I should know better.
This old and rambling house seems to create dust and dirt faster than the earth itself. Sometimes it drives me a bit batty. And that is when I clean.
I must have been in some sort of cleaning trance, because I didn’t think twice as I roared into the laboratory with my ancient and powerful vacuum cleaner. It sounds like a jet engine, possibly because it’s made with parts from a jet engine.
I thought the laboratory was loud before, with the specimens and new monsters and beasties in there, but I was unprepared for the auditory explosion my vacuuming caused. The laboratory erupted into a cacauphony of petrified and angry shrieks, thumps, howls and other-worldly noises. I thought the vacuum had thrown a rod, so when I shut it off I nearly jumped out of my indoor-wellies. All terrified eyes were on me, and I tried to soothe the creatures but they would not be soothed.
Until I beat the vacuum with a cro-bar. That seemed to sate them. I left a record of the Kurundu Birds calling with their rainfall calls to calm the frayed nerves of my beloved creatures.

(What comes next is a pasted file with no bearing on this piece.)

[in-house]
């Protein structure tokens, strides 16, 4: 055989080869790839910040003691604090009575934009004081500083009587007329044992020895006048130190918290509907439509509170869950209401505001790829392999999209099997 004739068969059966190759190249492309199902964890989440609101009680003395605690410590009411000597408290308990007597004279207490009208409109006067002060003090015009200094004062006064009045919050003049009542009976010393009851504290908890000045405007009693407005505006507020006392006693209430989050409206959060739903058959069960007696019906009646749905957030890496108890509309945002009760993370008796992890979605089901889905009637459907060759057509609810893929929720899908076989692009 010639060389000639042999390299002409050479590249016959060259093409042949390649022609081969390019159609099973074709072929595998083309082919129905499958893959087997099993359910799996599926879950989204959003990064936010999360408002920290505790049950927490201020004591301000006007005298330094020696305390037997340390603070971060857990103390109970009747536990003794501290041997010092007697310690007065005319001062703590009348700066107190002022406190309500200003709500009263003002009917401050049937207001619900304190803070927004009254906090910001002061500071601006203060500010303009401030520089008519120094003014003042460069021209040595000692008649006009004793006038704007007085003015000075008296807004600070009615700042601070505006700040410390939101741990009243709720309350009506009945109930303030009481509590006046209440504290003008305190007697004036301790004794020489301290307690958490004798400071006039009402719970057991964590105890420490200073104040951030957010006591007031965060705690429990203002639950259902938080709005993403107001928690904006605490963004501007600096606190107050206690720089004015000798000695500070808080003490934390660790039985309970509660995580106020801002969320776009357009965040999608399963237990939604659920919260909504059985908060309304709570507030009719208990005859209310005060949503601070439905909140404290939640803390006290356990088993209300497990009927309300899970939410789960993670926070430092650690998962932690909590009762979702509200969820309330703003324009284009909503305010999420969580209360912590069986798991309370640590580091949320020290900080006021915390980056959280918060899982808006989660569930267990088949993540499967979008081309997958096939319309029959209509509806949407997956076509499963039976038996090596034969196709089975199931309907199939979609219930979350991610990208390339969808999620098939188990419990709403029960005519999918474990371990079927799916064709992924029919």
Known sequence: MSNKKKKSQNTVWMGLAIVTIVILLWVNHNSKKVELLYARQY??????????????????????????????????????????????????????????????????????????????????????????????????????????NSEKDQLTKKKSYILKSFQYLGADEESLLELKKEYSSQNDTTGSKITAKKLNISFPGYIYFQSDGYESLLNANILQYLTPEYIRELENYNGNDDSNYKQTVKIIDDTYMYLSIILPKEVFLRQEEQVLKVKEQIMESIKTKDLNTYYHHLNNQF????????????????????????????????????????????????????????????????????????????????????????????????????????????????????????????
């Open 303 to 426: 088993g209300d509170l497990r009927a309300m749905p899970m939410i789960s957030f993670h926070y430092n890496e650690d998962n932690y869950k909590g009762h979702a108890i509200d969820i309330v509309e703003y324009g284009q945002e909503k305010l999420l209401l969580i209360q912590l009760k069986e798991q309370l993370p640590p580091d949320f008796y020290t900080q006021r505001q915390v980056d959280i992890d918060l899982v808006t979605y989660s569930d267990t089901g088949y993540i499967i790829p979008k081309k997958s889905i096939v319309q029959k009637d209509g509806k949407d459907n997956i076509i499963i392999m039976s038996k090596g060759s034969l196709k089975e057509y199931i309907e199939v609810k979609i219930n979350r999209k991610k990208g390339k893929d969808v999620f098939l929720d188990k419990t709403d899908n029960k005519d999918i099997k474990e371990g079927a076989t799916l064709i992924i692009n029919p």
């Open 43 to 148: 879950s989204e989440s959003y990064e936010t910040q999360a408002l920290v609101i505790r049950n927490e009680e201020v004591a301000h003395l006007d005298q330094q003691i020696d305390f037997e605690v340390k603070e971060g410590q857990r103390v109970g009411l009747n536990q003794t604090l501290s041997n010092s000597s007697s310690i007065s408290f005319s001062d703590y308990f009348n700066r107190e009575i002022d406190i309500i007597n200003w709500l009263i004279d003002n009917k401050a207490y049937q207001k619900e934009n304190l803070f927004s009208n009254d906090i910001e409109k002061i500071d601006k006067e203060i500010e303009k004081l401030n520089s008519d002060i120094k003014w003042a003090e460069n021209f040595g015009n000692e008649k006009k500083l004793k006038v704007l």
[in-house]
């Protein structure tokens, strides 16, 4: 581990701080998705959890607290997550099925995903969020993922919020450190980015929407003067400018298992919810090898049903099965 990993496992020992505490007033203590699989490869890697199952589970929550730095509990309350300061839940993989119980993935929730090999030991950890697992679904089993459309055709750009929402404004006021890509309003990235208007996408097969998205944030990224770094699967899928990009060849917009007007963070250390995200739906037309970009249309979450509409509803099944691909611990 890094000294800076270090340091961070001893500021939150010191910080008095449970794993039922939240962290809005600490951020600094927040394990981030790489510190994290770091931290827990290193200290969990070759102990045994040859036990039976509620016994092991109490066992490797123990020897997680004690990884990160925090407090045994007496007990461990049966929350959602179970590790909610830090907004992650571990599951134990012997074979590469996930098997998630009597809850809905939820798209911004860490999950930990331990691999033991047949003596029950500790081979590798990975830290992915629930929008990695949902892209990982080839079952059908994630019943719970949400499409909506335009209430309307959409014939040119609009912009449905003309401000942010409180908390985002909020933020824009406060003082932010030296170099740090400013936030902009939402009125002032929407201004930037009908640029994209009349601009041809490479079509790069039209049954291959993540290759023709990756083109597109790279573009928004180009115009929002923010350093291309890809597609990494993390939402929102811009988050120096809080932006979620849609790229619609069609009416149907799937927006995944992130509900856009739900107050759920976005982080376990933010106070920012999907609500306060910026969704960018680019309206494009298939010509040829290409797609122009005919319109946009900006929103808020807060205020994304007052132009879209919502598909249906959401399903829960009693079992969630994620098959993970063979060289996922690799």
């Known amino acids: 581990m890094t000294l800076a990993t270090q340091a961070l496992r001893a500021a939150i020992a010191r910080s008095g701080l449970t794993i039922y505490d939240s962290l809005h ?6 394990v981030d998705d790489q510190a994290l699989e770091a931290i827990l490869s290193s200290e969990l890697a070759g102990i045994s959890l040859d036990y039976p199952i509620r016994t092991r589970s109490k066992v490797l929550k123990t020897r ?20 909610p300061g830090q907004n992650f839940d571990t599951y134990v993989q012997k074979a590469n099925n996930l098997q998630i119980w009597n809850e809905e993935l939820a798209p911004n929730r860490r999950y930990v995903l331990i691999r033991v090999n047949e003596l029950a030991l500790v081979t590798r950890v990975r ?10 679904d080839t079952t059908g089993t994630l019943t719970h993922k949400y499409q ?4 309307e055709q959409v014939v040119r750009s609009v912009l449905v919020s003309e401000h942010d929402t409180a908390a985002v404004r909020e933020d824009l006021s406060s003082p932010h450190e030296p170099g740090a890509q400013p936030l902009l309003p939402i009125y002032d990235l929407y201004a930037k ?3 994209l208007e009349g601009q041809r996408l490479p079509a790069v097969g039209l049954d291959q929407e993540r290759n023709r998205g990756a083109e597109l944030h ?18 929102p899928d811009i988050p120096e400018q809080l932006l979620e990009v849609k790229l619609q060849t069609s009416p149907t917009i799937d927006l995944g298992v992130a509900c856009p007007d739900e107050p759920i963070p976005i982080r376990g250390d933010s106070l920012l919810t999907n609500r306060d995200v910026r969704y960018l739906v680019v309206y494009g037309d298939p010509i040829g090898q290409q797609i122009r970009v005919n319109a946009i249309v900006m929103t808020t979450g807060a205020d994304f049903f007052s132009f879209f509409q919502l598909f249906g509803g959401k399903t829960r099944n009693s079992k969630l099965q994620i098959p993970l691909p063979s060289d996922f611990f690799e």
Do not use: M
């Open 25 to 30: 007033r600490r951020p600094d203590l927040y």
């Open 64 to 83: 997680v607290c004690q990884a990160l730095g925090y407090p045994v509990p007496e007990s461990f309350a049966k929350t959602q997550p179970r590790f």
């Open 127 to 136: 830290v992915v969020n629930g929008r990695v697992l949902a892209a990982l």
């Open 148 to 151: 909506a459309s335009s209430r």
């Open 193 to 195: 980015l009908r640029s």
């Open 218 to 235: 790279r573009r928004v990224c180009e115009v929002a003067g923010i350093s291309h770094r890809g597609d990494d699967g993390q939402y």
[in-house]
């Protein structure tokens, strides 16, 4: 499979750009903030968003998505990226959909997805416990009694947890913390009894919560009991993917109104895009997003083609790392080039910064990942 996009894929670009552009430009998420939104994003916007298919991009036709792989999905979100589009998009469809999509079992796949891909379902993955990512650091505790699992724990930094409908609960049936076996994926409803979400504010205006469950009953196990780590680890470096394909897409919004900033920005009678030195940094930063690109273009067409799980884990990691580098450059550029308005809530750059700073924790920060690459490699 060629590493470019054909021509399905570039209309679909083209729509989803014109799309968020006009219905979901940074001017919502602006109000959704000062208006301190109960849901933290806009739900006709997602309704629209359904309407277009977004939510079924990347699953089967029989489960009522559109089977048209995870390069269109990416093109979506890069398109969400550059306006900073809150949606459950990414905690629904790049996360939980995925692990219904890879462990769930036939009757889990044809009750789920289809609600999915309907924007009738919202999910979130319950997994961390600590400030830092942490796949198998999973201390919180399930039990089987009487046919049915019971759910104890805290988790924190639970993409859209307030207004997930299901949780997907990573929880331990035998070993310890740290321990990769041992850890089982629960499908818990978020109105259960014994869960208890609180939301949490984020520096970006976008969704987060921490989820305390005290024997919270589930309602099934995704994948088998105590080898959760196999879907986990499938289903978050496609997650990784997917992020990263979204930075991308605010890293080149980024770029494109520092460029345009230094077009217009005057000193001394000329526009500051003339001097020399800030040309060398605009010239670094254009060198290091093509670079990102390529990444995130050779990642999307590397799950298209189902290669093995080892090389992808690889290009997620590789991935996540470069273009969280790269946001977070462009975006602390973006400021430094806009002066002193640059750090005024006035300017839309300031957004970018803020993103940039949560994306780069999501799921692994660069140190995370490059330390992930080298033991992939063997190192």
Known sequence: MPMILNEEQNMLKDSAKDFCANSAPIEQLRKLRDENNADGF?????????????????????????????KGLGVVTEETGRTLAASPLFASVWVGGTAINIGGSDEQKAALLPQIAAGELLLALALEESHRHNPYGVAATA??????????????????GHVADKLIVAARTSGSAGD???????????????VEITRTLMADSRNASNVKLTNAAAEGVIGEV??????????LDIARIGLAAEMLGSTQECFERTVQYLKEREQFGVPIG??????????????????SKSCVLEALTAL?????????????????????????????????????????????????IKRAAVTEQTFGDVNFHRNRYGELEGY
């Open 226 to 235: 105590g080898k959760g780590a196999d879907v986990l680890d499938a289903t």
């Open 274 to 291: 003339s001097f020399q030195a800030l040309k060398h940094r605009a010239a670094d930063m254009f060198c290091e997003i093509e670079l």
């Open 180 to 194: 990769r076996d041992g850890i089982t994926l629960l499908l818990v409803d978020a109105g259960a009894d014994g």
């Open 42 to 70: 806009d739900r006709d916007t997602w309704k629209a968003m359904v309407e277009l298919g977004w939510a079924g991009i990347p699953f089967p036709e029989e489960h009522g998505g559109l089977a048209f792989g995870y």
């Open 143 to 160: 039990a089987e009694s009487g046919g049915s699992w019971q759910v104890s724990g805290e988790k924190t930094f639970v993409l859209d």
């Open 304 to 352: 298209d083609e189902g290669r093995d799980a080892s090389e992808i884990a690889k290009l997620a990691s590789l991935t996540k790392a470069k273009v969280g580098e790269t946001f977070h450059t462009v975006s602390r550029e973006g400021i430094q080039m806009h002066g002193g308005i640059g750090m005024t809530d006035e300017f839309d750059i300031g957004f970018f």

And I’ve been in the basement, repairing my damage to the vacuum cleaner. I’d like to think the creatures were worried I was being tortured by the machine, but I think they just wanted to make sure there would be no more vacuuming.
I can’t fully blame them. The sound of a hair dryer drives me positively sideways.
I find that a structural layer of wicker, followed by wool, and then peccary fur, then Eider down and skinned with tarred sailing canvas is positively the boffo for suppressing mechanical whirrings of all sorts. The added benefit is being able to fashion the structure in the same manner as a topiary.